Tori Link, a midfielder and attacker for the state champion girls lacrosse team at Cherry Creek High School, made an unofficial visit to Boulder last week to check out the school her parents attended 30 years ago.
She came away impressed and fought off the urge to commit right away.
After taking a week to think it over, she called CU athletic director Mike Bohn and senior women's administrator Ceal Barry on Tuesday and informed them she will be a second-generation Buff, but the first of her kind.
"I thought about it for a few days and I was like, 'How can I turn this down? I love Colorado. I've lived here my whole life.'" Link said. "Both my parents went to CU. So obviously they were selling the school. It was a really good decision. It was the right decision and I'm just happy I made it. I love CU and the fact that I can play lacrosse there is good. I'm just so excited."
Link not only goes into the historybooks as the first lacrosse prospect to receive a scholarship offer from CU and its first committed recruit, but also the first recruit in the history of the school in any sport to receive a four-year scholarship offer.
The NCAA recently approved legislation allowing schools to offer recruits in all sports multi-year scholarships. Before that, scholarship were good for one year and subject to review annually.
Women's lacrosse players typically receive partial scholarships with a total of 12 to split between a roster of 25 or more.
Link said CU's offer will cover her tuition all four years she is in Boulder.
While CU officials cannot speak publicly about individual recruits, Bohn confirmed the school recently extended its first multi-year scholarship offer to a women's lacrosse prospect.
Bohn, Barry and compliance director Julie Manning have been working together to recruit players to the program since the school formally announced on Feb. 1 that it will add the program as the 17th intercollegiate sport in the athletic department.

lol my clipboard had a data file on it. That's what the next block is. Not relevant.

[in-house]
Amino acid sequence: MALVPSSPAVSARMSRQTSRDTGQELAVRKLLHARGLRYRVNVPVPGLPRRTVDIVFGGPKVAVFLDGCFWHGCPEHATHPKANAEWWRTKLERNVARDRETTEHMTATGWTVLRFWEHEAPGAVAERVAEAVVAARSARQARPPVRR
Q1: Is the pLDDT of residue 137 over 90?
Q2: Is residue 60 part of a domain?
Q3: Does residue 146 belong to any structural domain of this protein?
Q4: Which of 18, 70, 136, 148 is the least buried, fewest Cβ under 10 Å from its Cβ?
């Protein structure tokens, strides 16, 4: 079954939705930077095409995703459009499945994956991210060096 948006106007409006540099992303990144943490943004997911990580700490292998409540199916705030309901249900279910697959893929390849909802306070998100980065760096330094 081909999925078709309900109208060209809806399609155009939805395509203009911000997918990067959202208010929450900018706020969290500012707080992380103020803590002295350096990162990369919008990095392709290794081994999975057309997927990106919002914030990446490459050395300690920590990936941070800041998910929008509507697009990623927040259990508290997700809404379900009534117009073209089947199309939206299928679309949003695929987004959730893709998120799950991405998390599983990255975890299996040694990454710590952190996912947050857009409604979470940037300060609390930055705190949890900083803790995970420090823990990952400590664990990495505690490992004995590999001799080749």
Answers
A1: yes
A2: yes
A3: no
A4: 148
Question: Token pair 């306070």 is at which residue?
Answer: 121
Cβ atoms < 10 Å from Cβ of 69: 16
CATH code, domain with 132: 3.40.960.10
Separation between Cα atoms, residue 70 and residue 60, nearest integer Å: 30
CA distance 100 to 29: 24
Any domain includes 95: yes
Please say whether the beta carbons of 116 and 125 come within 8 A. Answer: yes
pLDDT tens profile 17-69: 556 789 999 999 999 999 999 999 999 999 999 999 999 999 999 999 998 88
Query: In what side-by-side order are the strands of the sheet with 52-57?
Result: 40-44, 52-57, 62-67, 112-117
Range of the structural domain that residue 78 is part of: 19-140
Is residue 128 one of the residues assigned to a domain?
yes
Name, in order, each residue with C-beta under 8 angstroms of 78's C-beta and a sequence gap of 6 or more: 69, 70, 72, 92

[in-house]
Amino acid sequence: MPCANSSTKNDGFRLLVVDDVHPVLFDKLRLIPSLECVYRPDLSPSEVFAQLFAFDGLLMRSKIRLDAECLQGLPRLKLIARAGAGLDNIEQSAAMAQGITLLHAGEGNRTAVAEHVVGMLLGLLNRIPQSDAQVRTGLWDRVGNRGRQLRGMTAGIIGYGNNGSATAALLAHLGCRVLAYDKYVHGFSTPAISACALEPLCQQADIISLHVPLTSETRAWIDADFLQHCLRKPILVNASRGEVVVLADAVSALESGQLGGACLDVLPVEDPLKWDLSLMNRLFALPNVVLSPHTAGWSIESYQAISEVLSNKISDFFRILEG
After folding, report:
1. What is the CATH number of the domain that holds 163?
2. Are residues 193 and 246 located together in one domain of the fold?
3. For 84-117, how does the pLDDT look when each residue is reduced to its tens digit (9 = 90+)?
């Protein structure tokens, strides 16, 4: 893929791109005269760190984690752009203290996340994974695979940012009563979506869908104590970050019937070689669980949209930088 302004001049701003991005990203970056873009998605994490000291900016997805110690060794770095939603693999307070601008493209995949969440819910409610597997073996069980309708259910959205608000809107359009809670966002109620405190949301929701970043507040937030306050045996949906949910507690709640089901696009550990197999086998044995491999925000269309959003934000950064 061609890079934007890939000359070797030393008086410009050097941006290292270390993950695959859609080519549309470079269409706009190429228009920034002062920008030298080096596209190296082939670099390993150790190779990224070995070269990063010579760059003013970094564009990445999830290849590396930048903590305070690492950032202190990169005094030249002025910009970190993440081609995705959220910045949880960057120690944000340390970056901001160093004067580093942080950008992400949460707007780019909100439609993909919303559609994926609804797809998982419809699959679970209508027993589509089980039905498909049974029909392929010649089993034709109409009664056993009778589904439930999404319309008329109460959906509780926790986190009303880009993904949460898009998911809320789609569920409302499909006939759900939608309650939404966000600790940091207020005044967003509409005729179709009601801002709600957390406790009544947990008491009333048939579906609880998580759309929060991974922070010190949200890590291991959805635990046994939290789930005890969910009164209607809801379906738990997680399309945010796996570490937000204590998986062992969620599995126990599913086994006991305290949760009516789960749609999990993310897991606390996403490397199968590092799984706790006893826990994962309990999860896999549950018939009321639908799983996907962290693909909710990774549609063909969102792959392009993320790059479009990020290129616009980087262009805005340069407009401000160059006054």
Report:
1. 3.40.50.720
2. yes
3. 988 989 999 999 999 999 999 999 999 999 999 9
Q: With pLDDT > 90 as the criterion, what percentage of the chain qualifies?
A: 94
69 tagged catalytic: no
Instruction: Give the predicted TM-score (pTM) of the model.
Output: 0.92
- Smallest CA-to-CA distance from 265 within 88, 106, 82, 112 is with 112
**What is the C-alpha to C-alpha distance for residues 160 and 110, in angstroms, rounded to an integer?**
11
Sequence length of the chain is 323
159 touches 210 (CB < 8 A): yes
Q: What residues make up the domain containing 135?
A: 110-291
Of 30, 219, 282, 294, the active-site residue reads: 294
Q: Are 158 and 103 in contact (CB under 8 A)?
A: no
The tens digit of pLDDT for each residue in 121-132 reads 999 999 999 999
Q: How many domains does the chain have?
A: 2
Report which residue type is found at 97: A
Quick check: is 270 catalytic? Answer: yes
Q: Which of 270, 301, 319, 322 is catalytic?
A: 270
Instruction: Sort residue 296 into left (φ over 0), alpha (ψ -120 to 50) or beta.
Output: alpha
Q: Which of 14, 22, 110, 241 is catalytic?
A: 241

Link said the only uncertainty she had in the week she took to consider her decision was committing to a startup program that hasn't even hired a head coach, let alone assistant coaches yet.
"A coach means a lot to me because obviously I've been on plenty of teams and it makes a difference when you have a good coach," Link said. "The fact that I'm committing without a coach is a huge risk but it's something I'm willing to do because I love CU and I want to play there."
She said Bohn and Barry asked for her opinion on what qualities she would like them to seek in a head coach. Link said that meant a lot to her.
Link's father, Rob, attended Boulder High School where he was a star tight end. He began his college career at Nebraska, and after an injury ended his football playing days, he returned home and finished his degree at CU -- where he met his wife, Tori's mother Sharon.
"Obviously they're ecstatic," Link said of her parents reaction to her decision. "They're both Buffs. I'm the youngest of three. So they're so happy they get to see one of their kids go to CU."
Link said she was considering committing to Michigan in January when she first heard CU was adding the sport.
She said not long after that she heard from Bohn and Barry and received a scholarship offer, which totally changed her mind about her future.
She also had offers from Penn State, DU and Oregon, among others.
Link said she has been playing lacrosse since the second grade and is in her eighth season in the sport this spring. Her older brother, Ryan, is a senior on the Penn State men's lacrosse team this year.
"I love it. I live it, breathe it," Link said. "It's what I do all year round."
She also plays for the Team 180 club program in Denver, and one of her teammates from the club program, Ella Stapp, a center for the Mullen High School team, is also close to committing to the Buffs.
According to the lacrosse website Laxpower.com, the state of Colorado produced 30 girls lacrosse players for college programs in the most recent recruiting cycle.
At least 18 of them played for Team 180.
Link is an honor student at Cherry Creek. She said she hasn't decided what she will study in college. It's probably her next big decision.
Tuesday her only concern was celebrating her college choice. The high school junior was proud to be in position to be a part of history.
"Oh my gosh, it will hold a place in my heart for the rest of my life," Link said. " It will be something I tell my grandkids. It's so exciting. I can't believe it. I'm so honored."